Eats Beat

Jason’s Deli founder Joe Tortorice, dead at 70, grew Beaumont chain into Texas favorite

Provided

You might not have known Joe Tortorice’s name, but you know his gumbo.

The founder of Texas’ iconic Jason’s Deli restaurants died Saturday in Beaumont, ending a 43-year career in a family restaurant that grew up along with Texas but also is known for Cajun flavor.

The Italian-style sandwiches and Cajun muffuletta draw on the family’s lineage. Tortorice’s, father, Joe Sr., came from Gibellina in central Sicily to Beaumont and opened markets and restaurants, incuding J’s BBQ and Washateria, according to company history,

When Joe Jr. left Houston’s legendary Alfred’s to open his own restaurant in 1976, he named it for his son, Jay — Jason’s.

In a 2017 interview in the Wichita Eagle about his servant-leadership style and prison ministry, Tortorice said his favorite menu item is the muffuletta.

throwback
Jason’s Deli original menu from 1976. Jason’s Deli Courtesy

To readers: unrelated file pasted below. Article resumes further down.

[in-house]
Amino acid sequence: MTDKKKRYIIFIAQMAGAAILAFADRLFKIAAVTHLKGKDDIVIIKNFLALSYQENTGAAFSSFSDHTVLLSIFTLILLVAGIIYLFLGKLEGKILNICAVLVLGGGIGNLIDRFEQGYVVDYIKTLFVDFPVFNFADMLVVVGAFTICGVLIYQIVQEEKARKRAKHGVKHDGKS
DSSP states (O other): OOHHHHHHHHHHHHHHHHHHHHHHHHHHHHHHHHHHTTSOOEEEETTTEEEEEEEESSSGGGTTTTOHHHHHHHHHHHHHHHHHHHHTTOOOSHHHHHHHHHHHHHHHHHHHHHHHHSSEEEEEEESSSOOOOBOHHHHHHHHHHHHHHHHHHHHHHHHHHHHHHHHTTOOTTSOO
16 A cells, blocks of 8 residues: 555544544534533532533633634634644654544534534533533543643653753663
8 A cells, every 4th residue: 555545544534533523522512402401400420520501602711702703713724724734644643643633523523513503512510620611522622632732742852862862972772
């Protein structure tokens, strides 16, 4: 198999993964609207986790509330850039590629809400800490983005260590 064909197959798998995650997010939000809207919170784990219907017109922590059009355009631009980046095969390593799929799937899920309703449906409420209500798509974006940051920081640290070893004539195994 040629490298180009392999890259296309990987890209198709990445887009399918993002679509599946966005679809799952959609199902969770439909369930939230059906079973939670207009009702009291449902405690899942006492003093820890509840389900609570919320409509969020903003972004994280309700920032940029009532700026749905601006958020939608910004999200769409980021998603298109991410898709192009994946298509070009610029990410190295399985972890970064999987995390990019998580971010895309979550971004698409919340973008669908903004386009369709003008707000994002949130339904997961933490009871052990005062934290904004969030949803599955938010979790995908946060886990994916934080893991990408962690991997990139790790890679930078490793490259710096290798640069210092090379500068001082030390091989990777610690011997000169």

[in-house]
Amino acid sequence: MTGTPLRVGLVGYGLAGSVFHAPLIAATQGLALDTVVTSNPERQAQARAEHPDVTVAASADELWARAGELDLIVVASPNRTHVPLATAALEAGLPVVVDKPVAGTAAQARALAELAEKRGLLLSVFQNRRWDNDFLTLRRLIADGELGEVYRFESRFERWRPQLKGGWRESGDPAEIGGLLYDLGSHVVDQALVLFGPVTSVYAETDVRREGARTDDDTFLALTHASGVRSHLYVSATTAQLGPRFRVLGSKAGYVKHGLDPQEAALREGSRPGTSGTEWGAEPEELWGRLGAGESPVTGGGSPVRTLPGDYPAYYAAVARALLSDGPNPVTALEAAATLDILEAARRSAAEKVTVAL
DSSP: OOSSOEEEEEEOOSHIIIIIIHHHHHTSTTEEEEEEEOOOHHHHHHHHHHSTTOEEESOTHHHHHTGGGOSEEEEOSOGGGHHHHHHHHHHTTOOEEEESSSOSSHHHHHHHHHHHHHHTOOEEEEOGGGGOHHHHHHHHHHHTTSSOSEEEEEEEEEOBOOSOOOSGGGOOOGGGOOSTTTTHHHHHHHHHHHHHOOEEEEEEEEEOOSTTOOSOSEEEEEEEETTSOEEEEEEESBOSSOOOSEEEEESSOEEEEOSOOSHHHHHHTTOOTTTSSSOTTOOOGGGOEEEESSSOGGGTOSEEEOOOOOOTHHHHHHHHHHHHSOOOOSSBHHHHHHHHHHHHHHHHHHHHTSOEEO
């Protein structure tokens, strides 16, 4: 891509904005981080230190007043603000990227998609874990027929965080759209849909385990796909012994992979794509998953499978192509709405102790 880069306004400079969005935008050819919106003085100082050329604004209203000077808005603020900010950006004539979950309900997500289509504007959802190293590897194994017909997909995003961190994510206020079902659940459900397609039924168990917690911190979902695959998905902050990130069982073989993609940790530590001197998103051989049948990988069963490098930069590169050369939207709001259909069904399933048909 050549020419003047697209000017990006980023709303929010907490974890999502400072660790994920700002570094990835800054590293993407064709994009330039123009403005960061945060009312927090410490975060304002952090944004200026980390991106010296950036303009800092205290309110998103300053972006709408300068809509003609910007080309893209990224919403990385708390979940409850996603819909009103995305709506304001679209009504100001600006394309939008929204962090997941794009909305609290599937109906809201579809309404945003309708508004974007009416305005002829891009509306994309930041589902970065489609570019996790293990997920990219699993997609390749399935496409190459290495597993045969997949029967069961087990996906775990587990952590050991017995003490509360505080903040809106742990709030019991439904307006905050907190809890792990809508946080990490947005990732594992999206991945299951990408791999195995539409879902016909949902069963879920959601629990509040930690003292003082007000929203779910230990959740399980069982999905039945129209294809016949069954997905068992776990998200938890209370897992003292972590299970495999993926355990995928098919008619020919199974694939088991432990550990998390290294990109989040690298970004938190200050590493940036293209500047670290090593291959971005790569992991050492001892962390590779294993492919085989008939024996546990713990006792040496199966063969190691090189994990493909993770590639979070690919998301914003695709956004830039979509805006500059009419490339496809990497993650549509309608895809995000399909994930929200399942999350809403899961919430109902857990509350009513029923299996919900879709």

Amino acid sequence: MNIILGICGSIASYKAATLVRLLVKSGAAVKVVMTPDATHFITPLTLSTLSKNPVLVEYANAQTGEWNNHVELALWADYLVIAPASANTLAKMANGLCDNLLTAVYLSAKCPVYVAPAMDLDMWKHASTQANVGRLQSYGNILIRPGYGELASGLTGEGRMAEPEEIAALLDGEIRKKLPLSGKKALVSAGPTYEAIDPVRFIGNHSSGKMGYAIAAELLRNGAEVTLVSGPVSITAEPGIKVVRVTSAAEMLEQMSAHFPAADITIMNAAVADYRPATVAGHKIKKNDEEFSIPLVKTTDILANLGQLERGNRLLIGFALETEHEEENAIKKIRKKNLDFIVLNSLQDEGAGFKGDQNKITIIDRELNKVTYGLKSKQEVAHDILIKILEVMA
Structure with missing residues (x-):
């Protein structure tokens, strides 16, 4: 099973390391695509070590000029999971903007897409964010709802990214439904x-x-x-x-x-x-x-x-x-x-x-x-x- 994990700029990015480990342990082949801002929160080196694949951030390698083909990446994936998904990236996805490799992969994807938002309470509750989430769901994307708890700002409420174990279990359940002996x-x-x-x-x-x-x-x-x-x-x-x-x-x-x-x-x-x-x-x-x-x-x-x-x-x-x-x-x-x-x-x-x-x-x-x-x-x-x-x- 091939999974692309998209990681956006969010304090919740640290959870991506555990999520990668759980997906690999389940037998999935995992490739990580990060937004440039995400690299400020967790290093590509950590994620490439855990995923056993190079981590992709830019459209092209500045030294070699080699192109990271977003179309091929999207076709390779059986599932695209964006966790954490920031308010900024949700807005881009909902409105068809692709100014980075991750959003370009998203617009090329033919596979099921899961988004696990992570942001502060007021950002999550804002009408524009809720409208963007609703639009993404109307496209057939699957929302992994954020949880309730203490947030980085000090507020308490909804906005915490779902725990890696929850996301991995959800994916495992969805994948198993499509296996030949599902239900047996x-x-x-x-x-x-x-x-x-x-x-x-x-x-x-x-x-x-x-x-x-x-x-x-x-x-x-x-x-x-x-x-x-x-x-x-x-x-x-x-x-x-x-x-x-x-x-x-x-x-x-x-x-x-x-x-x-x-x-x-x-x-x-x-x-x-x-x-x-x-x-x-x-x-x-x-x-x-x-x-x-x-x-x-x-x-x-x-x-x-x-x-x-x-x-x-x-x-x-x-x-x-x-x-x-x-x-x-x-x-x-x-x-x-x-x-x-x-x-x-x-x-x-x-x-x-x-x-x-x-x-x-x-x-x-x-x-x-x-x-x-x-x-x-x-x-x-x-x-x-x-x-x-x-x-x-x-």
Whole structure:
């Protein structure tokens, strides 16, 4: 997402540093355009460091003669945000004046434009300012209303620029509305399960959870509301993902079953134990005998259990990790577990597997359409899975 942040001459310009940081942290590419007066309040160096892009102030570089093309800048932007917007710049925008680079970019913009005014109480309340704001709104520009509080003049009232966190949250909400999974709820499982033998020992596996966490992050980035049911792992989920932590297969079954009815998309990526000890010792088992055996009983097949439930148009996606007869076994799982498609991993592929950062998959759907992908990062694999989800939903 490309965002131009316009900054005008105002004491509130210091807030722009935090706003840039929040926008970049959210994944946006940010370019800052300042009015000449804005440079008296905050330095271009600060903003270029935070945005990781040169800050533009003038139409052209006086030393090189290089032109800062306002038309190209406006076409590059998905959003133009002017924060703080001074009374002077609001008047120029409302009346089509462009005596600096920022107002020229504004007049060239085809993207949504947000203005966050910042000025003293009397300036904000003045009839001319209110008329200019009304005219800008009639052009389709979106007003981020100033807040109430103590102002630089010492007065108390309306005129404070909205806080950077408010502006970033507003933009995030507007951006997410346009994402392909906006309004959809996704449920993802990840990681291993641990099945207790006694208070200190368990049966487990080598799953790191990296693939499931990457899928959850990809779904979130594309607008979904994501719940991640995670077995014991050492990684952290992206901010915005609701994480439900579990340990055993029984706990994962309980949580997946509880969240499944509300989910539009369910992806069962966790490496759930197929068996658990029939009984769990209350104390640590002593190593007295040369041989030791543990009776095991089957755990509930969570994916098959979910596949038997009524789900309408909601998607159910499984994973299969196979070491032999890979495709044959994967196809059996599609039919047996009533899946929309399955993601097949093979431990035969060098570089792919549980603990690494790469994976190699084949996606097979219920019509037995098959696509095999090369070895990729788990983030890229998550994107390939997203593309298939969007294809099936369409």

Beaumont TV station KBMT, an affiiate of Star-Telegram news partner WFAA/Channel 8, said Tortorice still came to the company’s Gateway Shopping Center store in Beaumont almost every day.

A Texas A&M graduate active in the Ross Volunteers and Corps of Cadets, Tororice led a prison ministry through the Beaumont diocese of the Roman Catholic church, according to KBMT.

The company’s first expansion was from Beaumont to Tyler. Now, it has almost 300 locations in 28 states.

In a Business Insider poll of Texas’ top restaurants earlier this year, Jason’s ranked ahead of Whataburger.

Columnist Bud Kennedy is a Fort Worth guy who covered high school football at 16 and has moved on to two Super Bowls, seven political conventions and 15 Texas Legislature sessions. Since 1985, he has also written more than 2,000 “Eats Beat” columns about Texas dining, restaurants and food.
  Comments